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Tropical cyclone activity index in IPCC simulations

PI: Mike Fiorino
Institution: Lawrence Livermore National Laboratory / PCMDI
Tropical cyclone (TC) activity is typically defined as the number of significant cyclones (wind speeds ≥ 34 kt or15 m/s) that form over the tropical oceans on an annual basis. While TC activity has been well observed in the satellite era (1970s to present), counting and characterization of cyclones in climate model solutions is more difficult due mainly to coarse spatial resolution of the models. An alternative to direct measurements is to use an index based on atmospheric parameters that have strong observational and physical linkages to TC formation.

One such index is the “seasonal genesis parameter” proposed by Gray (1979) and refined by Royer et al. (1998). This index has two factors, one accounting for the dynamical controls of vertical wind shear and low-level vorticity, and the other the thermodynamic source of TC energy including upper-layer ocean heat content, mid-tropospheric moisture and low-level moist static energy. The innovation of Royer et al. was to use model convective precipitation for the thermodynamic factor and to scale the convective precipitation so as to produce current-climate (observed) TC activity. Thus, the Royer-style index can measure slow changes in TC activity if we assume that the physics of the relationship between the dynamical/thermodynamic controls–TC activity varies at a much slower rate than the climate temporal scales of interest. For interannual, decadal variations and century-scale trends it seems unlikely that underlying physics would change so that if over-ocean tropical convection increased in a warmer climate, then TC activity would increase if the dynamical parameters remained constant.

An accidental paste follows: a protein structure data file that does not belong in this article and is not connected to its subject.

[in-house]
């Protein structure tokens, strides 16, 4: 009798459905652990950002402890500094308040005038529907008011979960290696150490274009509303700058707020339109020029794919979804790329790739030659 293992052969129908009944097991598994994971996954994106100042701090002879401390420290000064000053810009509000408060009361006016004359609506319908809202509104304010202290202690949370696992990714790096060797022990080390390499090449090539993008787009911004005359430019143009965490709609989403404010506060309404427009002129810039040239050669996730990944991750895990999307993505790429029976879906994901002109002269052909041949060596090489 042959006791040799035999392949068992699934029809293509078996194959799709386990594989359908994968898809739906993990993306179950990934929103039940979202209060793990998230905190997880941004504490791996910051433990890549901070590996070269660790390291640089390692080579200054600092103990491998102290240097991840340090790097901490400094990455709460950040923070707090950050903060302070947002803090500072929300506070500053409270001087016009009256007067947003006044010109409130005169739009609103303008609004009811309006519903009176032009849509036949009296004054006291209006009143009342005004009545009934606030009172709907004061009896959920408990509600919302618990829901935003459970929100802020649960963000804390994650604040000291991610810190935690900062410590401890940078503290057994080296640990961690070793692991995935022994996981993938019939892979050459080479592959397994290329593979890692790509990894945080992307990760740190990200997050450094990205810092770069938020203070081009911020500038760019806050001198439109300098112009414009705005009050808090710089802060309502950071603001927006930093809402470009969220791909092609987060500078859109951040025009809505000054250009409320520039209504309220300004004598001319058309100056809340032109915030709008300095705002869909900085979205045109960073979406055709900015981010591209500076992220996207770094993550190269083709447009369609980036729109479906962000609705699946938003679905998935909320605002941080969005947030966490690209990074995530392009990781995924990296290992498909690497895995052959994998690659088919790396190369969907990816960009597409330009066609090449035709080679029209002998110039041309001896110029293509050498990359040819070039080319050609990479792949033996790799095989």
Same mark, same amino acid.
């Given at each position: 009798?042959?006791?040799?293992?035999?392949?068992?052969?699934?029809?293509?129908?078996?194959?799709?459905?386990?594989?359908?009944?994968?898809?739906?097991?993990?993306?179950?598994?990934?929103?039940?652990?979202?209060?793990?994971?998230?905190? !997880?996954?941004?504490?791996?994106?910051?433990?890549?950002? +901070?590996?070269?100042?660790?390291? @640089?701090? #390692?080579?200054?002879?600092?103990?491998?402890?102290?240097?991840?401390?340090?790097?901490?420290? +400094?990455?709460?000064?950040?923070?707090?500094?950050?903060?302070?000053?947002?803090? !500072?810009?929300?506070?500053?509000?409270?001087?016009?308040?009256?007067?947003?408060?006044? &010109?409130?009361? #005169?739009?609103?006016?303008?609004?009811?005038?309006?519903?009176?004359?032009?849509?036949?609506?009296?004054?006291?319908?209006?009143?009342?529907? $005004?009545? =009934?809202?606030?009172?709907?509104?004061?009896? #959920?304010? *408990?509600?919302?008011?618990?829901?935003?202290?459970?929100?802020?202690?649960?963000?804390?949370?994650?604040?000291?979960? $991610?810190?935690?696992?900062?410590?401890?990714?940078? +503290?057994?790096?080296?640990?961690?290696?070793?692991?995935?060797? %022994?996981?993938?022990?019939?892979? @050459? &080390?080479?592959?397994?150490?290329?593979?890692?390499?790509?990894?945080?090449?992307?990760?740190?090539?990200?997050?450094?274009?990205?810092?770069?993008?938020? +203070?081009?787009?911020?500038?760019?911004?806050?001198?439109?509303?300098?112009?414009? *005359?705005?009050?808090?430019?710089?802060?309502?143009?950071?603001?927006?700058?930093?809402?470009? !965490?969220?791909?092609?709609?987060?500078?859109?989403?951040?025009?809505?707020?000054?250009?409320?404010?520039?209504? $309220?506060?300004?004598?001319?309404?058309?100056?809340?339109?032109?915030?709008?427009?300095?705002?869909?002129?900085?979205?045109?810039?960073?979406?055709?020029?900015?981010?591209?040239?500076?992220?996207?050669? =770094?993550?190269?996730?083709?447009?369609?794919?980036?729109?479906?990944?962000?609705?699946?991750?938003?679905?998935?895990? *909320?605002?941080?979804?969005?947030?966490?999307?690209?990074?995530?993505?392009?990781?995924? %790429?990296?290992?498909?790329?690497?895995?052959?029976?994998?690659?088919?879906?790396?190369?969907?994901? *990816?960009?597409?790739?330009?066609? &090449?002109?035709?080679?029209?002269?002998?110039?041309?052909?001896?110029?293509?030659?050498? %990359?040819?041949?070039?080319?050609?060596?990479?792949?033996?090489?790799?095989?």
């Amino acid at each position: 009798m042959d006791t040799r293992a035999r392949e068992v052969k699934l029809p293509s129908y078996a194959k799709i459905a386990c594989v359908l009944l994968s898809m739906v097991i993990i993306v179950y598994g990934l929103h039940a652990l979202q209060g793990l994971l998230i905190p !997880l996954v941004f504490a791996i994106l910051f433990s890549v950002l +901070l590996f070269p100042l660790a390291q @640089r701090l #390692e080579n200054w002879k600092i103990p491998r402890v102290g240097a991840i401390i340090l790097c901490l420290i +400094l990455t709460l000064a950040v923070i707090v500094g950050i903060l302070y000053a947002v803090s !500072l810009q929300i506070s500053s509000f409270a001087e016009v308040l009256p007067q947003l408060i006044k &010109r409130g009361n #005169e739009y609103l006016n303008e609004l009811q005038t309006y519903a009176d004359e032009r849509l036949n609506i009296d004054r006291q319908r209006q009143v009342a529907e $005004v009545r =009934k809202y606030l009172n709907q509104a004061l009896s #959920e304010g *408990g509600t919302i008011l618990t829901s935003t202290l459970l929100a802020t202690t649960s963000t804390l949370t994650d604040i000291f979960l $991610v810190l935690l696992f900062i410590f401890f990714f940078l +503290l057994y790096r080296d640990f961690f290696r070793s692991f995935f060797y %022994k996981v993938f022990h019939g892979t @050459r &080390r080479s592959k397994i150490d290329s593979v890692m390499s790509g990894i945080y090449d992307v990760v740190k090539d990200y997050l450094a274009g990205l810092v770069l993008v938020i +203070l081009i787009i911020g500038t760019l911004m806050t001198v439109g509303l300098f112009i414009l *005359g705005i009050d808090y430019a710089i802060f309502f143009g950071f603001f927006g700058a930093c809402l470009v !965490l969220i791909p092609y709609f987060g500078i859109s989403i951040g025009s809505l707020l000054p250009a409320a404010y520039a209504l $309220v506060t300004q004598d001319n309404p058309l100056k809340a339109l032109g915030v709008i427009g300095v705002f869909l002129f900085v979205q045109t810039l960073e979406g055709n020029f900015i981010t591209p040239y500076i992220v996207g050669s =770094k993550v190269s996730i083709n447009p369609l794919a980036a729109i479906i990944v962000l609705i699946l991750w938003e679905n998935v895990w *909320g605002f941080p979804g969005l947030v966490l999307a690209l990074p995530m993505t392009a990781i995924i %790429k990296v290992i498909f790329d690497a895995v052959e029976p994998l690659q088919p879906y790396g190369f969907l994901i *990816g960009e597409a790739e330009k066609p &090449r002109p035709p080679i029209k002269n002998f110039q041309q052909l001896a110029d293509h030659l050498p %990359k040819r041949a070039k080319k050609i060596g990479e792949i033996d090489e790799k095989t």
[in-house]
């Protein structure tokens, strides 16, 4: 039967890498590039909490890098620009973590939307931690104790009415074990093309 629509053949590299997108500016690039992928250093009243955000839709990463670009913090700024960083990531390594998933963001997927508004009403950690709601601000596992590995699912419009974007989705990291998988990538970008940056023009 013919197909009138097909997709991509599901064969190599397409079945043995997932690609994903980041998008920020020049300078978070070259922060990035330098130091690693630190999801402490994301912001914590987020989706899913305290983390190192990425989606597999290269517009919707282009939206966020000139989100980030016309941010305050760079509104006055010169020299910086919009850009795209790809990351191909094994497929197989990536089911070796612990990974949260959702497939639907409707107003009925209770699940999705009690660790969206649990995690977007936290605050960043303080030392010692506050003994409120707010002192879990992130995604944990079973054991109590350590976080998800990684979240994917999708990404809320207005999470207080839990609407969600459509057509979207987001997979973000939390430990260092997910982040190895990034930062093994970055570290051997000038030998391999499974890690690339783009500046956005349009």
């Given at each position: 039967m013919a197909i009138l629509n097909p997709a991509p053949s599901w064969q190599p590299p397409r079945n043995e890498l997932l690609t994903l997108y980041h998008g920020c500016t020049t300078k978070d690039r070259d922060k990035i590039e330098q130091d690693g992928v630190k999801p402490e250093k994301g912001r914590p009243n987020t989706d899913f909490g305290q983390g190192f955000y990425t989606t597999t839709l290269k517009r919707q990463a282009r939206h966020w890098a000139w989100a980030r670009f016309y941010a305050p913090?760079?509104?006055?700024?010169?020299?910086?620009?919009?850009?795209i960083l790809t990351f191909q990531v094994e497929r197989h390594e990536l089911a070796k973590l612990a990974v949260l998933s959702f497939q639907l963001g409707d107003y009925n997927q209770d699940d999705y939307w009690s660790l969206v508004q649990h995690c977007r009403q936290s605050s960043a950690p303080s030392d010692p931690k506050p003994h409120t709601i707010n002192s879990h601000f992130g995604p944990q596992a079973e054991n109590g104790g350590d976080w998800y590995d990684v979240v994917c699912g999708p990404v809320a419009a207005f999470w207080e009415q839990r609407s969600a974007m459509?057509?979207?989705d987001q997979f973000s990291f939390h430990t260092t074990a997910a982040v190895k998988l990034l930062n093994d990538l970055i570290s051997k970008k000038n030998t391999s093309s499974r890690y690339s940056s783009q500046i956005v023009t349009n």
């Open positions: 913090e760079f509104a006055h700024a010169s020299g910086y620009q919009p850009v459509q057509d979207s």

TC activity in the IPCC AR4 coupled model simulations will be analyzed using the Royer scheme for three scenarios: 1) present climate control (pdcntrl); 2) climate of the 20th century (20c3m); and 3) 1%/year CO2 increase to doubling (1pctto2x). TC activity will first be analyzed using the mean annual cycle of a 30-y period for the control and the current climate to determine the convective precipitation scale factor. We will also use total precipitation and the ratio of convective/total precipitation from reanalysis to determine sensitivity to the thermodynamic part of the index. The second phase will consider climate variations in the index, specifically interannual, decadal and century trends using filters.

The date requirements are relatively modest: 1) monthly means; 2) atmospheric variables of 850 and 200 hPa winds (ua,va; dynamics), convective and/or total precipitation (prc and pr; thermodynamics). The Royer scheme has been implemented and tested for the NCEP R1 & R2 and the ECMWF ERA-40 reanalyses.

Gray W.M., 1979: ‘Hurricanes: their formation, structure and likely role in the tropical circulation’ in Shaw. D.B. (ed.), Meteorology over the Tropical Oceans, Royal Meteorological Society, J. Glaisher House, Grenville Place, Bracknell, Berkshire, UK, pp. 155-218.
Royer, J.-F., F. Chauvin, B. Timbal, P. Araspin and D. Grimal, 1998: A GCM study of the impact of greenhouse gas increase on the frequency of occurrence of tropical cyclones. Climate Change, 38, 307-343.

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